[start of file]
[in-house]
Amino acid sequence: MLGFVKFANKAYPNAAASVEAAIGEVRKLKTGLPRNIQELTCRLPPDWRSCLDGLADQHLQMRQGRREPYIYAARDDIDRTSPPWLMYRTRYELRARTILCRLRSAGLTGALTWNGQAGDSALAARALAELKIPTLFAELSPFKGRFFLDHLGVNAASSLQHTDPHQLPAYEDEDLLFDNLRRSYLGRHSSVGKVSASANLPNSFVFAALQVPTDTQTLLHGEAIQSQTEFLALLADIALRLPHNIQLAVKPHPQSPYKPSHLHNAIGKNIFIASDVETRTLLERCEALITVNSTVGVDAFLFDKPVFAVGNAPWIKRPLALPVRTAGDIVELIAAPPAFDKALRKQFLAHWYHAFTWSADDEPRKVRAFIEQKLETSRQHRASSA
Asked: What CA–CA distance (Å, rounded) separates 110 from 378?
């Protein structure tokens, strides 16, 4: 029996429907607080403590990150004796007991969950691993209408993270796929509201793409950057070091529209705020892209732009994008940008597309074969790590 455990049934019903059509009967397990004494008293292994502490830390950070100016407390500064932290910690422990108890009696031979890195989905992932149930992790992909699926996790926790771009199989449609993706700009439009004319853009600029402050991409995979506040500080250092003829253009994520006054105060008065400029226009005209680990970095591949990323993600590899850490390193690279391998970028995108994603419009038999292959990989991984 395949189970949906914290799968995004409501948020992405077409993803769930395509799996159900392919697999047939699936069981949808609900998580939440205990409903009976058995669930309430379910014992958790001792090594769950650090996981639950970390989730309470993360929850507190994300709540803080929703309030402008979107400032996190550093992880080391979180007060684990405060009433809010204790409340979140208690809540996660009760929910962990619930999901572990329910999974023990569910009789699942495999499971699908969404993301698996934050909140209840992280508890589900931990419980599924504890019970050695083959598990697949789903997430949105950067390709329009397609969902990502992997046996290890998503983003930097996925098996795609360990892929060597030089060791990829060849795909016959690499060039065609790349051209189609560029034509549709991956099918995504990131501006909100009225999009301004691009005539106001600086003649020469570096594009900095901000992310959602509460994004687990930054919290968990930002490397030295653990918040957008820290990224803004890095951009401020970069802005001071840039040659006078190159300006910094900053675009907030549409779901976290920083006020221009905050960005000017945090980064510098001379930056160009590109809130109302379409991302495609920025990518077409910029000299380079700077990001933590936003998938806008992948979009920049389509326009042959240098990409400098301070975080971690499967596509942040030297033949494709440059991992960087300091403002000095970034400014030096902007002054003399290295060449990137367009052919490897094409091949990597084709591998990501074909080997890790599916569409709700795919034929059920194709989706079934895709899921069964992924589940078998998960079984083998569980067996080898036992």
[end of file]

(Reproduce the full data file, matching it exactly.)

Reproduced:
[in-house]
Amino acid sequence: MLGFVKFANKAYPNAAASVEAAIGEVRKLKTGLPRNIQELTCRLPPDWRSCLDGLADQHLQMRQGRREPYIYAARDDIDRTSPPWLMYRTRYELRARTILCRLRSAGLTGALTWNGQAGDSALAARALAELKIPTLFAELSPFKGRFFLDHLGVNAASSLQHTDPHQLPAYEDEDLLFDNLRRSYLGRHSSVGKVSASANLPNSFVFAALQVPTDTQTLLHGEAIQSQTEFLALLADIALRLPHNIQLAVKPHPQSPYKPSHLHNAIGKNIFIASDVETRTLLERCEALITVNSTVGVDAFLFDKPVFAVGNAPWIKRPLALPVRTAGDIVELIAAPPAFDKALRKQFLAHWYHAFTWSADDEPRKVRAFIEQKLETSRQHRASSA
Asked: What CA–CA distance (Å, rounded) separates 110 from 378?
């Protein structure tokens, strides 16, 4: 029996429907607080403590990150004796007991969950691993209408993270796929509201793409950057070091529209705020892209732009994008940008597309074969790590 455990049934019903059509009967397990004494008293292994502490830390950070100016407390500064932290910690422990108890009696031979890195989905992932149930992790992909699926996790926790771009199989449609993706700009439009004319853009600029402050991409995979506040500080250092003829253009994520006054105060008065400029226009005209680990970095591949990323993600590899850490390193690279391998970028995108994603419009038999292959990989991984 395949189970949906914290799968995004409501948020992405077409993803769930395509799996159900392919697999047939699936069981949808609900998580939440205990409903009976058995669930309430379910014992958790001792090594769950650090996981639950970390989730309470993360929850507190994300709540803080929703309030402008979107400032996190550093992880080391979180007060684990405060009433809010204790409340979140208690809540996660009760929910962990619930999901572990329910999974023990569910009789699942495999499971699908969404993301698996934050909140209840992280508890589900931990419980599924504890019970050695083959598990697949789903997430949105950067390709329009397609969902990502992997046996290890998503983003930097996925098996795609360990892929060597030089060791990829060849795909016959690499060039065609790349051209189609560029034509549709991956099918995504990131501006909100009225999009301004691009005539106001600086003649020469570096594009900095901000992310959602509460994004687990930054919290968990930002490397030295653990918040957008820290990224803004890095951009401020970069802005001071840039040659006078190159300006910094900053675009907030549409779901976290920083006020221009905050960005000017945090980064510098001379930056160009590109809130109302379409991302495609920025990518077409910029000299380079700077990001933590936003998938806008992948979009920049389509326009042959240098990409400098301070975080971690499967596509942040030297033949494709440059991992960087300091403002000095970034400014030096902007002054003399290295060449990137367009052919490897094409091949990597084709591998990501074909080997890790599916569409709700795919034929059920194709989706079934895709899921069964992924589940078998998960079984083998569980067996080898036992």